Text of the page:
And before I can fully brace myself, it starts moving.

I had absolutely no idea what to expect, but what follows is the furthest thing from anything I could have.

 

The sensation is…indescribable.

 

A strange weightlessness. Like free-falling, but not quite. Floating but with your feet still on the ground.

 

It’s fairly brief, though. In just a matter of seconds, the touchscreen pad beeps again and the floating sensation disappears as the transporter comes to a stop. Its doors slide open and Hank gestures for me to go ahead. I step out, perhaps a little too eagerly, into a vast, airy lounge. Paper-white space furnished with pieces of monochromatic upholstery, carefully interspersed against a backdrop of primness and silence.

 

Talk about putting the decor in decorum.

 

“There are three main sections of employee housing at the headquarters,” he says. “As I said downstairs, this is the Core complex. The Crust and Mantle complexes are located about four and two miles north of here, respectively.”

 

Holy crap, there are two more of these?

 

I arch my brow, finding it a bit peculiar that, for all his apparent genius, Mr. Zane chose to name residential buildings after the layers of the Earth. Then again, maybe I shouldn’t be so surprised considering he earns his living drilling through it.

 

“This way,” Hank directs. I follow him down a wide corridor, passing a handful of doors before arriving at the very last one.

 

414.

 

“This is yours,” he says, handing me a plastic card embossed with numbers and a security chip. “This is your code. You can activate your lock both manually and via the residence app which you will be prompted to download as soon as you log in to the complex’s Wi-Fi.” He computes the digits into a keyless, touchscreen door lock for demonstration. A confirmation beep sounds along with a cobalt blue light, followed by a vertical, upward slide of the door. I raise my brows, intrigued by the unexpected novelty but also curious as to how much electricity all these advanced, mechanized appliances require on a daily basis just to keep running.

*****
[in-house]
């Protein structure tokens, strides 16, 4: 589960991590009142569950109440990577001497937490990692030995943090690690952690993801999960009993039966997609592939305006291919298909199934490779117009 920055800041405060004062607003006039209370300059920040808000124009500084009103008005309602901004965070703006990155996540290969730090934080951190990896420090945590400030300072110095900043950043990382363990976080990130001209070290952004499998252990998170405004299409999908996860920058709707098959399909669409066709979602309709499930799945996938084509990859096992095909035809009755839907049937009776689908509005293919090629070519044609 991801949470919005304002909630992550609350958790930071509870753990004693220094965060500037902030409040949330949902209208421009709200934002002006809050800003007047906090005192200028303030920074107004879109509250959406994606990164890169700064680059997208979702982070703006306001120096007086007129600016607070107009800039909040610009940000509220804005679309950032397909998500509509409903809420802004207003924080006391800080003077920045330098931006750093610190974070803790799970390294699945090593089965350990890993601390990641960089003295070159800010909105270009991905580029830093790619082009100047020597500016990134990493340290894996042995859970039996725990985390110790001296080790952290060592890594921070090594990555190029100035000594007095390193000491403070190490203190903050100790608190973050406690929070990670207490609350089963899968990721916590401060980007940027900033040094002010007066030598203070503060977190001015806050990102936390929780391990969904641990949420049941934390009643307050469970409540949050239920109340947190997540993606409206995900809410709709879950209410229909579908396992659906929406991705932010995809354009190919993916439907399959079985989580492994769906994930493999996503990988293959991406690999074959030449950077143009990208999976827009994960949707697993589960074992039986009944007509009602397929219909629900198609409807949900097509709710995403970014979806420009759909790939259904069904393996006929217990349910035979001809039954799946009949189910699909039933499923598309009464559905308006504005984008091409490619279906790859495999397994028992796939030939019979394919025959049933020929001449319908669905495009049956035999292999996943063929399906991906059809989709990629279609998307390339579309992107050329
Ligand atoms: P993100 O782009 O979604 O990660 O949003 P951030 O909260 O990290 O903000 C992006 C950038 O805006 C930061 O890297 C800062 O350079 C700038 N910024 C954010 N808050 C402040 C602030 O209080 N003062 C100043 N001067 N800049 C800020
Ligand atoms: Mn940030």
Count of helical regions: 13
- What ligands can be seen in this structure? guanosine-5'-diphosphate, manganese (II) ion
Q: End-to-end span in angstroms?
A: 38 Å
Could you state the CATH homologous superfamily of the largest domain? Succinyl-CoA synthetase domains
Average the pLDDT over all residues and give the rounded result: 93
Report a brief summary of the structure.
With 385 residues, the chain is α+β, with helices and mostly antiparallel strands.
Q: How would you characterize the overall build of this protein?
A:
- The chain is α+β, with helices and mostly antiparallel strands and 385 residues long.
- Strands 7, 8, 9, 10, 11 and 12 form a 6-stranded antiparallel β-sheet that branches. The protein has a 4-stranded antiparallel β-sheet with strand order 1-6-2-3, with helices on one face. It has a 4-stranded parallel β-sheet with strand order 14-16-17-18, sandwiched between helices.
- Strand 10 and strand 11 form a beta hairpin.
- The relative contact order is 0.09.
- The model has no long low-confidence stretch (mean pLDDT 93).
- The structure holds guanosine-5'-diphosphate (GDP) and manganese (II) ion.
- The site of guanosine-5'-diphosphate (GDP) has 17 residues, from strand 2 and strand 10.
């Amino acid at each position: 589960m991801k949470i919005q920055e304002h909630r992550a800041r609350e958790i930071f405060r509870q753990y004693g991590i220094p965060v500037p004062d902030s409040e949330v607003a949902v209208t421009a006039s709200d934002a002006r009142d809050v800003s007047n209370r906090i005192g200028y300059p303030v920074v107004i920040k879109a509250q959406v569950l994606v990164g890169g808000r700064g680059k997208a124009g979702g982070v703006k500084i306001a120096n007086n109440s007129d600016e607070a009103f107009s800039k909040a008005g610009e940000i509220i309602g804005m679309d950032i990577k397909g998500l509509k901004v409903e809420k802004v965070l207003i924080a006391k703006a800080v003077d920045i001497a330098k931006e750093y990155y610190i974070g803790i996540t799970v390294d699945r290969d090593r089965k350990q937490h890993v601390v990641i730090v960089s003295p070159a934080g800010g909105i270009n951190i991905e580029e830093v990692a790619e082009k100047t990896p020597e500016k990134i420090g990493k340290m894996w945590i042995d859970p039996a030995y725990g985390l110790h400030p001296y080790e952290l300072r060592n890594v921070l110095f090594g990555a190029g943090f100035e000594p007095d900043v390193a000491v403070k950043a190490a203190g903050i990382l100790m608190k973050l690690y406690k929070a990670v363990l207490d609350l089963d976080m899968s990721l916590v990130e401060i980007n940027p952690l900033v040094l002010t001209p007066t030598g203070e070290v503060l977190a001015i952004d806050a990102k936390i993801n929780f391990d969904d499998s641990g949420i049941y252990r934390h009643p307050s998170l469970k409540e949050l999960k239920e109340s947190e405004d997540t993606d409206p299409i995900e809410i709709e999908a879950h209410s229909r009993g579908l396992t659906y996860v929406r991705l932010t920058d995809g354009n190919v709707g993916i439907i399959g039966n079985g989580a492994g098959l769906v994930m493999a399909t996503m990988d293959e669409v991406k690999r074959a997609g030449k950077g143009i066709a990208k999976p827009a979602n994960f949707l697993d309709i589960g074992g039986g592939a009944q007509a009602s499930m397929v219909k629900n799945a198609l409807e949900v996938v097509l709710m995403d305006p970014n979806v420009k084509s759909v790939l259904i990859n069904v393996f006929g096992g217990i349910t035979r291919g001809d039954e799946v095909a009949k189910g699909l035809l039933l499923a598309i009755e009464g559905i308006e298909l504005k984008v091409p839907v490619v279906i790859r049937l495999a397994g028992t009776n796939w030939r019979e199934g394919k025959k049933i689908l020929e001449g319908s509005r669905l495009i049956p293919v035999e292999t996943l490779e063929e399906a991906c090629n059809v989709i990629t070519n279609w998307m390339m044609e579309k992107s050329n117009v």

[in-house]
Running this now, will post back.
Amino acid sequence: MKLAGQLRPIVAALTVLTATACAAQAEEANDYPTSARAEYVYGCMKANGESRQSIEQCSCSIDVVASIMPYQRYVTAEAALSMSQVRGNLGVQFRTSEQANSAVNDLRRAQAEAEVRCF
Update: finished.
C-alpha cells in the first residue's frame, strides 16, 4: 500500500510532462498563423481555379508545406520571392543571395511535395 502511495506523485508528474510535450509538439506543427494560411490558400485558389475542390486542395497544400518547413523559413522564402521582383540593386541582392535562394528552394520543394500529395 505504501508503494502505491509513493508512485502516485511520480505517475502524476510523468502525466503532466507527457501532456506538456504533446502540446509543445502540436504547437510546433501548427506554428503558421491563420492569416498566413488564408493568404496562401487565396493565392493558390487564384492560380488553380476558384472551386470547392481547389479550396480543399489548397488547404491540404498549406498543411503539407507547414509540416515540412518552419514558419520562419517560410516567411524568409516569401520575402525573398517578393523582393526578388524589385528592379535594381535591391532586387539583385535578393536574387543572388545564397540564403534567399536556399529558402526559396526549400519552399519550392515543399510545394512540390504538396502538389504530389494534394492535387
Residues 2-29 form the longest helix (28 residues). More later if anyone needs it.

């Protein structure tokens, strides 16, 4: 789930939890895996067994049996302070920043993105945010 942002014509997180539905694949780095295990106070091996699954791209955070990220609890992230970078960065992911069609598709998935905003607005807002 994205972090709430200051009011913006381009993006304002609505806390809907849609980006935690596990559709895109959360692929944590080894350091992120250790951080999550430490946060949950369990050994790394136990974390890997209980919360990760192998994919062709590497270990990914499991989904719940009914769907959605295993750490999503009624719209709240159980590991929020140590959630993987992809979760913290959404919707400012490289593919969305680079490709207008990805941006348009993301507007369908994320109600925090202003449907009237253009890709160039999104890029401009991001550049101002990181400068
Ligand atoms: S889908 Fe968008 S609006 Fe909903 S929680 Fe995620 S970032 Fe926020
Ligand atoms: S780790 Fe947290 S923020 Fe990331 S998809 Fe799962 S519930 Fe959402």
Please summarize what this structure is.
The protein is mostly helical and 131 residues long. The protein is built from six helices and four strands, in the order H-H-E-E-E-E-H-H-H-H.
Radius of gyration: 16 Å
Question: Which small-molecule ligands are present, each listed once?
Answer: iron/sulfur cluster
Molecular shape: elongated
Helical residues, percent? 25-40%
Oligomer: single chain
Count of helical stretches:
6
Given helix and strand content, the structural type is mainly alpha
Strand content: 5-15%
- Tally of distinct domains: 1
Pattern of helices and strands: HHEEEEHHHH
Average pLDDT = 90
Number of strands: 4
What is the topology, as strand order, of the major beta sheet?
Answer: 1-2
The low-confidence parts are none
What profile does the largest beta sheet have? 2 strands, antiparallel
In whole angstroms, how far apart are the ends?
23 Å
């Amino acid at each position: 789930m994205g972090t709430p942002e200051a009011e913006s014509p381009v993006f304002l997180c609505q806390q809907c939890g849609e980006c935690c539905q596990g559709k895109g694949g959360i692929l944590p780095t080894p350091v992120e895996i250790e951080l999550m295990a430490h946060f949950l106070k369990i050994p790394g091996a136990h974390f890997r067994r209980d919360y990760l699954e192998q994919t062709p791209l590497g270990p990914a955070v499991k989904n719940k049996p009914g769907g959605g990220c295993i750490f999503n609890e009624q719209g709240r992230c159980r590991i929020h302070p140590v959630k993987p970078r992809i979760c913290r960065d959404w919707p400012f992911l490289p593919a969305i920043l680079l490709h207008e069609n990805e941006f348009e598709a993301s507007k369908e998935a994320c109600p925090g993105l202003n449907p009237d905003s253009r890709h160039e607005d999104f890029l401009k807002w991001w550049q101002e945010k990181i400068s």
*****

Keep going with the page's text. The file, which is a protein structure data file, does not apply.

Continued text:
Hank gestures for me to enter. “I hope the accommodations are satisfactory. All your belongings are being brought up as we speak. They should be here momentarily.”

 

“Thank you so much,” I smile.

 

Finally, he hands me the contact for the general front desk as well as his personal line. “Someone from the main office should be in touch with you either today or tomorrow. Everything else will be coordinated between your team and HQ on Monday. If there’s anything else you need, please let me know. In the meantime, make yourself at home.”

 

 With a courtesy nod, he steps away, disappearing from sight as the door slides closed behind him.

 

My attention goes back to the new, vast space around me; a completely furnished, roomy loft that I can’t even start to dream of affording.

 

I walk over to a breathtaking cluster of floor-to-ceiling windows to my right, overseeing a fittingly spectacular view of buildings of varying length and size seamlessly interspersed with vivid greenery, like a physical microcosm of San Francisco. Remarkable architecture in the midst of splendid nature; beautiful and balanced, in perfect equilibrium.

 

I have to admit, I’m surprised. Pleasantly so. Especially for a company as ‘old-moneyed’ and traditional as Zanergy. Not quite the blocky, concrete bureaucracy I pictured on the way here.

 

I scan the rest of the floor, pacing across the entire expanse and back again before wandering into the bathroom and kitchen. I have to do a double take when I spot a Jacuzzi tub in the former.

 

Good God, what sort of company houses its employees like high-level diplomats?

 

I finally make my way to the bedroom upstairs and almost, quite literally, drool at the sight of the king-sized bed.

 

Oh, sweet baby Jesus…

 

Across from it hangs a large, flat screen TV akin to the one down in the living area. I most likely won’t be making a lot of use out of either of them. I suppose they’re convenient to have, though somewhat overkill.